The Battle of Martinsburg

June 14, 1863

On the fourteenth of June, the One Hundred and Twenty-Sixth Regiment, with its Brigade was attacked at Martinsburg by the advance division of Gen. Lee's army, under Gen. Rodes. Gen. Lee's army was now moving northward to invade Pennsylvania. This invasion resulted in the battle of Gettsyburg. At eleven o'clock, A.M., the troops took position in line of battle, covering the Winchester and Charlestown Roads. Skirmishing ensued at eleven o'clock and was maintained during the afternoon, with a desultory fire of military. During the fight, Company I, which had been detached to guard a point on the Baltimore & Ohio railroad, attempted to rejoin the Regiment and was captured entire by the enemy. At three o'clock an order was received to retreat by the Williamsport Road, which could not be executed, as the enemy in large force occupied all the roads except the Shepherdstown road, on which our troops were now posted. At an hour before sundown the enemy opened a terrific fire from fourteen pieces of artillery, and advanced in heavy lines of battle. Capt. Maltsby's battery opened on the enemy's advancing column with great spirit. The Brigade maintained its position as long as possible, while plunging shot and bursting shells shrieked and moaned and fluttered wrathfully around, but was compelled to evacuate Martinsburg at sundown and retreat by the Shepherdstown road, and so ended the battle of Martinsburg. Five pieces of artillery and about two hundred prisoners fell into the hands of the enemy. The enemy's cavalry followed close in the rear; and picked up many of the Regiment who were worn out with the fatigue of the long continued fight. The march was continued that night to Shepherdstown, where the Potomac River was waded, the water coming up to the men's armpits. After marching all night and until ten o'clock next morning, Harper's Ferry was reached. The One Hundred and Twenty-Sixth Regiment went into position on Maryland Heights near the Ferry, and threw up earthworks. In the vicinity of Maryland Heights and Harper's Ferry, there were at this time eleven thousand troops under command of Gen. French. The Regiment was here assigned to the Second Division, Eighth Army Corps. At the evacuation of Harper's Ferry in the latter part of June, the One Hundred and Twenty-Sixth Regiment, with its Division, was detached to guard a fleet of canal boats on the Ohio & Chesapeake canal, convoying heavy guns, ammunition and other Government property to Washington, D.C. The fleet left Harper's Ferry on the first of July and arrived at Washington on the fourth of July. Disembarking at Georgetown, the Regiment marched to Tenallytown and encamped.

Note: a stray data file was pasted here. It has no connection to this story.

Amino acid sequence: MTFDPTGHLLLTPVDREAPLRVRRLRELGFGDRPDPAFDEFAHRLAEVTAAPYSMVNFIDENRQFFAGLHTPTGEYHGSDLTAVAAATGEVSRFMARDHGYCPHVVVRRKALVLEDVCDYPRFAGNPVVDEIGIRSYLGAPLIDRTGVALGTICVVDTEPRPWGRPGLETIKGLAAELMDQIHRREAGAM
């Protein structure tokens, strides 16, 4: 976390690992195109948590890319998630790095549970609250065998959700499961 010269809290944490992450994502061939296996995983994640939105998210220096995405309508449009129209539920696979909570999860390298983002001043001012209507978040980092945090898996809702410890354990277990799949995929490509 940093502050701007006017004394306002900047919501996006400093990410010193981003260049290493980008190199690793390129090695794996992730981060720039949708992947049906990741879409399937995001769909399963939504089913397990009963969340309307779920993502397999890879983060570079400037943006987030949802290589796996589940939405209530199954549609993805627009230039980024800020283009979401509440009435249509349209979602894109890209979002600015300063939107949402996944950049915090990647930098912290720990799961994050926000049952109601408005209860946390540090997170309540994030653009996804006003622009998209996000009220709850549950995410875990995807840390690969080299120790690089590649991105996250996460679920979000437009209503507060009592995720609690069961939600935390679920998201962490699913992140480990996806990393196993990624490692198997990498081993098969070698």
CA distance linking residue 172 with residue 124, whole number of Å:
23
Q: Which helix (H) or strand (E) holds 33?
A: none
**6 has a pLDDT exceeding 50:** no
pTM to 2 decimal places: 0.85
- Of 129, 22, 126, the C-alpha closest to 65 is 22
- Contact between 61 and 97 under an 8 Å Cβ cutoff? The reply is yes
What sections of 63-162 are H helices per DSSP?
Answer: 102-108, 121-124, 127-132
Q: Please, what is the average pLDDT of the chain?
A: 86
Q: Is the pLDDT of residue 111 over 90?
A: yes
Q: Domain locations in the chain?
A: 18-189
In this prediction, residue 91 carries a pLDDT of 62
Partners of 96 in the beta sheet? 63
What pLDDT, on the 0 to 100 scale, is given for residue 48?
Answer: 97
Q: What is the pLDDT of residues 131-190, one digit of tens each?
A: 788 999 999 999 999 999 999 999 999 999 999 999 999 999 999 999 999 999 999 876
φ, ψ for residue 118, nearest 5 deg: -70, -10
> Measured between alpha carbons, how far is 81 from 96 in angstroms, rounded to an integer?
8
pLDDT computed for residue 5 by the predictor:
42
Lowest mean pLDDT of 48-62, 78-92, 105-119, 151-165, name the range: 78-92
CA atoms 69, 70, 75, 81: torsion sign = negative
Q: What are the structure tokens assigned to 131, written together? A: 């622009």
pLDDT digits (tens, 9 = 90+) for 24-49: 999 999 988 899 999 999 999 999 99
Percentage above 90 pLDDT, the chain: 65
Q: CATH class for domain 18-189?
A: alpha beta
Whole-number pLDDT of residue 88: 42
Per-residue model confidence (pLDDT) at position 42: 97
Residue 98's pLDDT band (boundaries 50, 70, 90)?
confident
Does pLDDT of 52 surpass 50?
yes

This account was taken from the following source:
Gilson, J. H., Concise History of the One Hundred and Twenty-Sixth Regiment, Ohio Volunteer Infantry,
Salem, Ohio : Walton, Steam Job and Label Printer : 1883.

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